Why The Nobel Prize Isn't Just About Women's Rights

October 7, 2011

Yemen's Arab Spring activist Tawakkul Karman, Liberian President Ellen Johnson Sirleaf and Liberian 'peace warrior' Leymah Gbowee, winners of the 2011 Nobel Peace Prize. MANDEL NGAN/AFP/Getty Images

Today the Nobel Committee announced that it is awarding its Peace Prize to three women: Leymah Gbowee, Tawakkul Karman, and Ellen Johnson-Sirleaf.

While the fact that the prize is being awarded to three women is important, it is not the most important symbol of what today’s announcement represents. Sure, the number of women who have been honored in the prize’s history (twelve until today) pales in comparison to the number of men (eighty-five), and that disparity should be addressed.

But focusing exclusively on the numbers game as we congratulate Gbowee, Karman and Sirleaf misses the point entirely: these women are not honored today because they are women. They are honored for what their work represents in promoting a more peaceful, just world. Doing so as women, they are both at unique risk and offer unique solutions—but their work makes the world a better place for all.

Take Leymah Gbowee, who organized a massive movement of grassroots women—market women, Muslim women, Christian women—who demonstrated en masse to force the brutal dictator Charles Taylor—and the equally brutal rebel groups—to peace talks. Though the UN did not formally include Gbowee and Liberia’s peace women in the official peace talks that took place in Ghana, she and her “troops” set up camp outside and locked the warlords in until they negotiated peace. Their act of civil disobedience showed the world that the demands of agents of war are prioritized above the people’s voice for peace.

Gbowee’s story has been documented on film, propelled her to the stage of global policy discussions, and now been elevated to the elite cadre of Nobel Peace Prize laureates. Her activism laid the groundwork for the election of Ellen Johnson-Sirleaf, another of today’s winners, as President of Liberia, ushering in a new phase of desperately-needed stability and development for the country.

Take Tawakkul Karman of Yemen, who leveraged the power of technology and social media to start a revolution, taking center stage in a country and—and a region—that often excludes women. Man and woman alike pay homage to her as the “mother” of Yemen’s peaceful protests for revolution. When the young mother of three was targeted for attack, imprisoned by the ruling regime, and threatened for her life, thousands of supporters rallied around her, demanding her liberty and her protection.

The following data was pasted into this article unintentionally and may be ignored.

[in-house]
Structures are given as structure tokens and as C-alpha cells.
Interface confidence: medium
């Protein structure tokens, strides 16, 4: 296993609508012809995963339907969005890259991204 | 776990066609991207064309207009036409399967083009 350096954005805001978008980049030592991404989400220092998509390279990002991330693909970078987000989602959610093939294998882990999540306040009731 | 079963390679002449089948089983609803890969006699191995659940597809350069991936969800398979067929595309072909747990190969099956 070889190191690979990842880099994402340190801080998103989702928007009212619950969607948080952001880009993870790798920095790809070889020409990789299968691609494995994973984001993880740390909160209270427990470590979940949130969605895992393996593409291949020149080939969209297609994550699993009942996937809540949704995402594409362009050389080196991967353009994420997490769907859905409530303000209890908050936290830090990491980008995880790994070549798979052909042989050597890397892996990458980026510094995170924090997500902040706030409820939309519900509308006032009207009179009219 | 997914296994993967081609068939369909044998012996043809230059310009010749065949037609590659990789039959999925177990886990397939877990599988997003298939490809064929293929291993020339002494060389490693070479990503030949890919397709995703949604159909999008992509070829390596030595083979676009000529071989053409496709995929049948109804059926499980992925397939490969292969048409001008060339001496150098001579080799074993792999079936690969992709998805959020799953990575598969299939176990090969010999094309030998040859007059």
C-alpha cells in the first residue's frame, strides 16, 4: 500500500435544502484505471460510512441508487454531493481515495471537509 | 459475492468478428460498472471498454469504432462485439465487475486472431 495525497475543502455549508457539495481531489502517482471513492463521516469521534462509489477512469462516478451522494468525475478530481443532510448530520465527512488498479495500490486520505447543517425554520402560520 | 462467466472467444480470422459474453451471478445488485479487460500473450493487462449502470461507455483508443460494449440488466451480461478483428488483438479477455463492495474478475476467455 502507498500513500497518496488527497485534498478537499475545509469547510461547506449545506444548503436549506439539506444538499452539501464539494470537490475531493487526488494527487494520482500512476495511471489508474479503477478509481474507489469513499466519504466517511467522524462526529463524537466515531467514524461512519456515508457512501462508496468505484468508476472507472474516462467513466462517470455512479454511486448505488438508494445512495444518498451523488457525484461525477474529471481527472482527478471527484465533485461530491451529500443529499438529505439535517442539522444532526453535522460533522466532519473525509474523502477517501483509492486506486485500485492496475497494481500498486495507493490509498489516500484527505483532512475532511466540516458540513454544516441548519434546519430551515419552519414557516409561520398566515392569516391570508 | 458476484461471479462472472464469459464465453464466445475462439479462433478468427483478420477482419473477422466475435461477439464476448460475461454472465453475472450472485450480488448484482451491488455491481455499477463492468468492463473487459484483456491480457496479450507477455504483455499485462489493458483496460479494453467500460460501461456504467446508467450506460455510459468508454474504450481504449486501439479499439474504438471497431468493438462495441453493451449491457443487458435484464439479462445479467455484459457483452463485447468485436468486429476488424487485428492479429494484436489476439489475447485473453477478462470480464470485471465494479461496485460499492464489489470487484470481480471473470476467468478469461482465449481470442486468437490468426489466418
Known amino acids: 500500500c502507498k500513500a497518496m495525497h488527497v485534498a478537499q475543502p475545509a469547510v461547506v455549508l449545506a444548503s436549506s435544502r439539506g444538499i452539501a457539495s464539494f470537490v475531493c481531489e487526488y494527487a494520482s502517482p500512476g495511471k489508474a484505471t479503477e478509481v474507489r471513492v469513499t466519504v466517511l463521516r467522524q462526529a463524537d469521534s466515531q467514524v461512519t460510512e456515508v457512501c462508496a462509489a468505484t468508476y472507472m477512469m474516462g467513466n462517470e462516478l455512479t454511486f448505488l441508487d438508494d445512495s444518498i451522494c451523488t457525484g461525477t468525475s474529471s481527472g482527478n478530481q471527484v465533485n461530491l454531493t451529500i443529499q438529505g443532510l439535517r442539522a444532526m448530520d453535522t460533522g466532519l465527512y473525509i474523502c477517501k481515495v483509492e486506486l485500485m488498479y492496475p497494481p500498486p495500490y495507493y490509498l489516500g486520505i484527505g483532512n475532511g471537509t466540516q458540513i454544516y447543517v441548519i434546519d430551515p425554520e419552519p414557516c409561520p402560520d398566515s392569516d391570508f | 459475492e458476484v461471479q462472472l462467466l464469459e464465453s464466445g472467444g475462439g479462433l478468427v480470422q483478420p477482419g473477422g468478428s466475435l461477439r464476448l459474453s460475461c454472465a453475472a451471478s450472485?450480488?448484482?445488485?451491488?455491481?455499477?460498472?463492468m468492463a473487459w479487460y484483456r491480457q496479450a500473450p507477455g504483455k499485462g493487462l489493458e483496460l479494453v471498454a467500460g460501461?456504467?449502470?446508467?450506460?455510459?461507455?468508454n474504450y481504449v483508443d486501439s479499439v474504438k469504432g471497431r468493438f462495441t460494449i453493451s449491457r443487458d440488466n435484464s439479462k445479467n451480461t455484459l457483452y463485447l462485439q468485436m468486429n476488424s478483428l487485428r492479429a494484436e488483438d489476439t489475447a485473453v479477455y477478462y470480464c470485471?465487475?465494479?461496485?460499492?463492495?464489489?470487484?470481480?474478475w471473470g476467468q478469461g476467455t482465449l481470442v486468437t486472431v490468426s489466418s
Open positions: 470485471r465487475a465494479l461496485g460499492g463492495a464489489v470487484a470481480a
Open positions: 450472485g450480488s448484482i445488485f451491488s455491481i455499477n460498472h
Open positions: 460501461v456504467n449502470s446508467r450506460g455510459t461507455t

Like all three figures honored by the Nobel Committee today, untold scores of women around the world are organizing for peace and justice. Women have organized in the streets of Havana to demand accountability for political prisoners, and they were on the frontlines of Tahrir Square. They have brought warlords to the peace table in Ireland and Nepal, and they have been targeted for activism and political leadership in Afghanistan and Bahrain.

Like Karman, they face unique risks as women waging peace. In Russia, human rights activist Natalia Estemirova was abducted by armed men in response to her work; she was not as lucky as Karman—the men who threatened her life ended it. Our recently released report on sexual violence in Colombia details the gross human rights violations targeted at women over the course of Colombia’s conflict—unanswered to this day. The mass rapes of women in the Democratic Republic of Congo continue today. A group of 38 women and girl protesters were arrested in Bahrain just over a week ago.

For too long, women have been an overlooked as a primary asset in global efforts to achieve peace. To this day, women have served as only 6% of negotiators to formalized peace talks, despite their undisputed value to peace across the community, national and international levels. They account for only 1 in 13 participants in peace negotiations since 1992, and have never been appointed the chief mediator of a UN-sponsored peace talk. Women’s absence at the peace table leads to impunity for crimes committed against them as a price of negotiated peace, stifling their cries for justice.

So today’s announcement by the Nobel Committee is not only justified, it is also right on time.

Later this month we will celebrate the anniversary of a groundbreaking piece of international law that first linked women with global security concerns: UN Security Council Resolution 1325 (UNSCR 1325). 1325 recognizes women’s unique vulnerabilities in war, but equally calls for their full participation in the structuring of peace and in the prevention of conflict. This time last year, U.S. Secretary of State Hillary Clinton stood before the United Nations Security Council—the highest security body in the world—and announced that the United States would be drafting a National Action Plan to incorporate the elements of UNSCR 1325 into its national policies and programs.

Be it today’s announcement of the three Peace Prize winners honored on the global stage, or the promise of a National Action Plan on women, peace and security from the world’s largest military power, we find ourselves at a turning point in how we think about women, how we define peace, and who we empower to be the stewards of our security and prosperity.  This is a milestone, not just for women, but for the world.